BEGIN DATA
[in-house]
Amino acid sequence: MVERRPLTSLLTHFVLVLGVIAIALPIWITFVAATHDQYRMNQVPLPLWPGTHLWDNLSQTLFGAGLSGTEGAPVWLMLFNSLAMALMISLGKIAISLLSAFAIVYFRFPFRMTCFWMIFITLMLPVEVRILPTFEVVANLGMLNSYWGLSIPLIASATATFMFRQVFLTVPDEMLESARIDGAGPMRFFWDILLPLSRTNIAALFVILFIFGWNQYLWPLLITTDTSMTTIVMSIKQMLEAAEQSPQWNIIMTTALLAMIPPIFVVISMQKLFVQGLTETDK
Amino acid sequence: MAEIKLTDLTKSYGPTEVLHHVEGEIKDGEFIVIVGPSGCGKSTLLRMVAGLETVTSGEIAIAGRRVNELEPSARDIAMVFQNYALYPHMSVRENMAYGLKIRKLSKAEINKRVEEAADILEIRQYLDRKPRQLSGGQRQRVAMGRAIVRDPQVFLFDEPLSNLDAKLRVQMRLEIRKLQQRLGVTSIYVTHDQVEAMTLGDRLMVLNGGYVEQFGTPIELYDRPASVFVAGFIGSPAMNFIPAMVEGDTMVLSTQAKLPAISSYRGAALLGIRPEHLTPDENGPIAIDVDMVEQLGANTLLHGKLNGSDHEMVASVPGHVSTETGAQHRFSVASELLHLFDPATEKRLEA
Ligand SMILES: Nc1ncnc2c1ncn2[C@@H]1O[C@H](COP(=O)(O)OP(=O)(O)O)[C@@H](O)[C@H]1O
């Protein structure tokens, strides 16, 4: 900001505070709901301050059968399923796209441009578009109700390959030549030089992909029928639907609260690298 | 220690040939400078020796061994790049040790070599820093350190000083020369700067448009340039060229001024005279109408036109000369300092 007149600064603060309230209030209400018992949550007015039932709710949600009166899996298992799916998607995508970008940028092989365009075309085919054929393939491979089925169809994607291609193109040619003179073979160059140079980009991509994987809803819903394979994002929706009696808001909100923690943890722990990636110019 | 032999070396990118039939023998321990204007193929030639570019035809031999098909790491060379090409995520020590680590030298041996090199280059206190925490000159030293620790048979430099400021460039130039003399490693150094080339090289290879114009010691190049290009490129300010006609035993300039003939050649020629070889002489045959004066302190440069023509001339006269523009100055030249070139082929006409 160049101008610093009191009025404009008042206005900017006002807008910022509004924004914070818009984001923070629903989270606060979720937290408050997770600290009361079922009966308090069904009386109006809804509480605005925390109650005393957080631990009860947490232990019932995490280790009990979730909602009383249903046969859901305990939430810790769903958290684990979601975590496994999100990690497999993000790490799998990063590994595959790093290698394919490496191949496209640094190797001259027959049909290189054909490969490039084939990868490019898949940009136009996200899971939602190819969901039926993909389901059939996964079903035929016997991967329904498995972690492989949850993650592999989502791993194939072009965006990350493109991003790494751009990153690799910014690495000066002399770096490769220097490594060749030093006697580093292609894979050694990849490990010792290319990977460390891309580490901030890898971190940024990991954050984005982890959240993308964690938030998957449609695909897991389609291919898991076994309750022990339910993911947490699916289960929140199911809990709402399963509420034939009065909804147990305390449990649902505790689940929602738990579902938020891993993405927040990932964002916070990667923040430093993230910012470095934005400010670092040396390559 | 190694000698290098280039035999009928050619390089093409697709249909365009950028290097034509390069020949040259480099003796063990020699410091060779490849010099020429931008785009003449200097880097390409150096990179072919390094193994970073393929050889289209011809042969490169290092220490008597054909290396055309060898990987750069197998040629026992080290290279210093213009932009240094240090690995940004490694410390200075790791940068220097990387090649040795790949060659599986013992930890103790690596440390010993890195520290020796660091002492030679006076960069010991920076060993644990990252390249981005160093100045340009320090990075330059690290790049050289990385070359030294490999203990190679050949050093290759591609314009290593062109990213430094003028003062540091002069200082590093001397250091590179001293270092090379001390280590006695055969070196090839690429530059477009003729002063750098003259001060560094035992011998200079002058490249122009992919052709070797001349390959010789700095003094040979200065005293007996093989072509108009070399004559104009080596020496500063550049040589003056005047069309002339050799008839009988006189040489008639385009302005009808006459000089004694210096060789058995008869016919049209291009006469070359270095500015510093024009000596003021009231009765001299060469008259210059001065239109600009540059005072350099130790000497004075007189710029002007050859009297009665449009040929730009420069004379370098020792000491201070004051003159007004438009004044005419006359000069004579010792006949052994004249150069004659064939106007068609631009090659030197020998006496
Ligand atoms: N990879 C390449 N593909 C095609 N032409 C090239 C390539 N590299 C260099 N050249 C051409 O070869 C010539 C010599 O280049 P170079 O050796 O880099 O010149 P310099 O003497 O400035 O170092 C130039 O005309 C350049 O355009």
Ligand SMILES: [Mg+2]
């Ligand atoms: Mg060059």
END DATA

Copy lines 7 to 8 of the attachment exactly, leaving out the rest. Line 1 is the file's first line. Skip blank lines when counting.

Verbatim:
Ligand SMILES: [Mg+2]
């Ligand atoms: Mg060059």